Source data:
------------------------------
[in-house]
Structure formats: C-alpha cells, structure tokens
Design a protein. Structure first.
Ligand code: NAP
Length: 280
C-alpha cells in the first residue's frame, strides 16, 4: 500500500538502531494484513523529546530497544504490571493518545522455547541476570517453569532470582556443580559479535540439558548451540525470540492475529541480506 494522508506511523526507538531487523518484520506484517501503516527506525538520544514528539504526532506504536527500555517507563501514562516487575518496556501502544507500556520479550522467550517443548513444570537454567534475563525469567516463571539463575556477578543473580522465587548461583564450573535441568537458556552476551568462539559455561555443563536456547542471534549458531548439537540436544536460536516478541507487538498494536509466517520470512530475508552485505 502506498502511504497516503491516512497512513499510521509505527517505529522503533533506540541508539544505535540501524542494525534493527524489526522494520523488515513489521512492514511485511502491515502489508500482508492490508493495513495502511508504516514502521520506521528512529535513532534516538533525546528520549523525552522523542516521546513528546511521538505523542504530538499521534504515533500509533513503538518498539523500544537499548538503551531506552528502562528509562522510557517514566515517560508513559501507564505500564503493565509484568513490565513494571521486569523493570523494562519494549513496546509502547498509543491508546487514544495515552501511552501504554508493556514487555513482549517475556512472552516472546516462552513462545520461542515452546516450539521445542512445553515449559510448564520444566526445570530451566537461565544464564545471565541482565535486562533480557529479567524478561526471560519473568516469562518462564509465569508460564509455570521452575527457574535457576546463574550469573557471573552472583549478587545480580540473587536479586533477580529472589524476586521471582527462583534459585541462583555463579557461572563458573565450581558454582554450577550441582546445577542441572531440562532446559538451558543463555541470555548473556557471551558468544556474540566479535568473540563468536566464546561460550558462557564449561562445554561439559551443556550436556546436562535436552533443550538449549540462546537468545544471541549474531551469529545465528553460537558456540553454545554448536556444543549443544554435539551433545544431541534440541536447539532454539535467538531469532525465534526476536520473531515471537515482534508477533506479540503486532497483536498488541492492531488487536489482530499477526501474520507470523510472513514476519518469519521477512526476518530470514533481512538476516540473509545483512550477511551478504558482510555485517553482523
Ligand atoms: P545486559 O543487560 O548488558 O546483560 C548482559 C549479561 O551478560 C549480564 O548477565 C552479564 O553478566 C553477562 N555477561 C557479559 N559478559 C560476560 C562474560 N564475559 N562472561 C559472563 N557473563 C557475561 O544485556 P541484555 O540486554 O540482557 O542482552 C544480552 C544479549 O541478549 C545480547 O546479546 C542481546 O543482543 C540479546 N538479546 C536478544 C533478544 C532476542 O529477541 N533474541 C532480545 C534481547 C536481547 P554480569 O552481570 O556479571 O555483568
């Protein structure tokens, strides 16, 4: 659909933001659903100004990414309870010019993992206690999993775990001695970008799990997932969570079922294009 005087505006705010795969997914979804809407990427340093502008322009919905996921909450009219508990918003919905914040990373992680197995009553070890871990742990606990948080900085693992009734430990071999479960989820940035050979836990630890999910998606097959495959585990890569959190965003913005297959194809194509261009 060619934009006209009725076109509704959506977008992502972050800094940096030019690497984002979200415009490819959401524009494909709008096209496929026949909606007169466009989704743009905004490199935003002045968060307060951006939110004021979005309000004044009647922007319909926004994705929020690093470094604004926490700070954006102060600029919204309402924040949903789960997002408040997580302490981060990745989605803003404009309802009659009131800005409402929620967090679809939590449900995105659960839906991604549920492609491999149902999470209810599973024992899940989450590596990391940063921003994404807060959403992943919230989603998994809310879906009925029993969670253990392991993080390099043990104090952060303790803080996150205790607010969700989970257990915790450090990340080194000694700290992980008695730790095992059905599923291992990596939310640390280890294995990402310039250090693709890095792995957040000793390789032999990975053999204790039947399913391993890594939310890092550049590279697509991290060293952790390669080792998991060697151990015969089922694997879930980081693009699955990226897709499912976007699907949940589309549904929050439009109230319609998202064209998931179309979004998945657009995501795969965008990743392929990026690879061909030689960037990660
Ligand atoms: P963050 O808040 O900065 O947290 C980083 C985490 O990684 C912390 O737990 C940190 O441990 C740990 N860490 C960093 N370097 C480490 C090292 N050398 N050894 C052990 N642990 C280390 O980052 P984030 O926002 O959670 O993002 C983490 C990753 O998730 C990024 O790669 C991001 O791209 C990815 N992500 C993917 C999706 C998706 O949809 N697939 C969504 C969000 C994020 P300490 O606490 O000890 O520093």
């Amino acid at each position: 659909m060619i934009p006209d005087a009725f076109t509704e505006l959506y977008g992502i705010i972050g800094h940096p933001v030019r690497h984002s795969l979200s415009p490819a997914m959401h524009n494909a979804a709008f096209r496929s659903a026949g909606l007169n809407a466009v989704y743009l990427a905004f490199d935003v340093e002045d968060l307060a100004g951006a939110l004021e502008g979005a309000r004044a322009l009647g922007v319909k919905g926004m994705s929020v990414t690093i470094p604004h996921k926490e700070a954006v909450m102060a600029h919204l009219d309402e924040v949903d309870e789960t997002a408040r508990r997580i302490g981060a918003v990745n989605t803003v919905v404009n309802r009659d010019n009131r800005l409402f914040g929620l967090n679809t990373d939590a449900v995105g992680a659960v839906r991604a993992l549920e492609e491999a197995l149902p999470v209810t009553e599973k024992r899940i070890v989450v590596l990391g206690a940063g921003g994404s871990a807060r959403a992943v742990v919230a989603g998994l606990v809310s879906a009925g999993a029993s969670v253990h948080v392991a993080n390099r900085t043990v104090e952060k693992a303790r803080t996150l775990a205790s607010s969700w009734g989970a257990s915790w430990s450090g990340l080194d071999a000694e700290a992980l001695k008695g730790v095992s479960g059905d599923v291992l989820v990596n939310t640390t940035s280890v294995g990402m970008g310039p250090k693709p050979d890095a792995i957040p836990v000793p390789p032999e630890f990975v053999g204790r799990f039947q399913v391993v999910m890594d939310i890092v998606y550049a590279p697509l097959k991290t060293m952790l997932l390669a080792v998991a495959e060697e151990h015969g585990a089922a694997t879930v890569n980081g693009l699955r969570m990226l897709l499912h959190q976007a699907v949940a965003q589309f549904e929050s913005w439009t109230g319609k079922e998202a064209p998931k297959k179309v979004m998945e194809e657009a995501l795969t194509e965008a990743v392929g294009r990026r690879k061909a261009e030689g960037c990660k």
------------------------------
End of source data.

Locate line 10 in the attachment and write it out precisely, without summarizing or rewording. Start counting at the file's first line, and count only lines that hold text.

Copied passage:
């Amino acid at each position: 659909m060619i934009p006209d005087a009725f076109t509704e505006l959506y977008g992502i705010i972050g800094h940096p933001v030019r690497h984002s795969l979200s415009p490819a997914m959401h524009n494909a979804a709008f096209r496929s659903a026949g909606l007169n809407a466009v989704y743009l990427a905004f490199d935003v340093e002045d968060l307060a100004g951006a939110l004021e502008g979005a309000r004044a322009l009647g922007v319909k919905g926004m994705s929020v990414t690093i470094p604004h996921k926490e700070a954006v909450m102060a600029h919204l009219d309402e924040v949903d309870e789960t997002a408040r508990r997580i302490g981060a918003v990745n989605t803003v919905v404009n309802r009659d010019n009131r800005l409402f914040g929620l967090n679809t990373d939590a449900v995105g992680a659960v839906r991604a993992l549920e492609e491999a197995l149902p999470v209810t009553e599973k024992r899940i070890v989450v590596l990391g206690a940063g921003g994404s871990a807060r959403a992943v742990v919230a989603g998994l606990v809310s879906a009925g999993a029993s969670v253990h948080v392991a993080n390099r900085t043990v104090e952060k693992a303790r803080t996150l775990a205790s607010s969700w009734g989970a257990s915790w430990s450090g990340l080194d071999a000694e700290a992980l001695k008695g730790v095992s479960g059905d599923v291992l989820v990596n939310t640390t940035s280890v294995g990402m970008g310039p250090k693709p050979d890095a792995i957040p836990v000793p390789p032999e630890f990975v053999g204790r799990f039947q399913v391993v999910m890594d939310i890092v998606y550049a590279p697509l097959k991290t060293m952790l997932l390669a080792v998991a495959e060697e151990h015969g585990a089922a694997t879930v890569n980081g693009l699955r969570m990226l897709l499912h959190q976007a699907v949940a965003q589309f549904e929050s913005w439009t109230g319609k079922e998202a064209p998931k297959k179309v979004m998945e194809e657009a995501l795969t194509e965008a990743v392929g294009r990026r690879k061909a261009e030689g960037c990660k």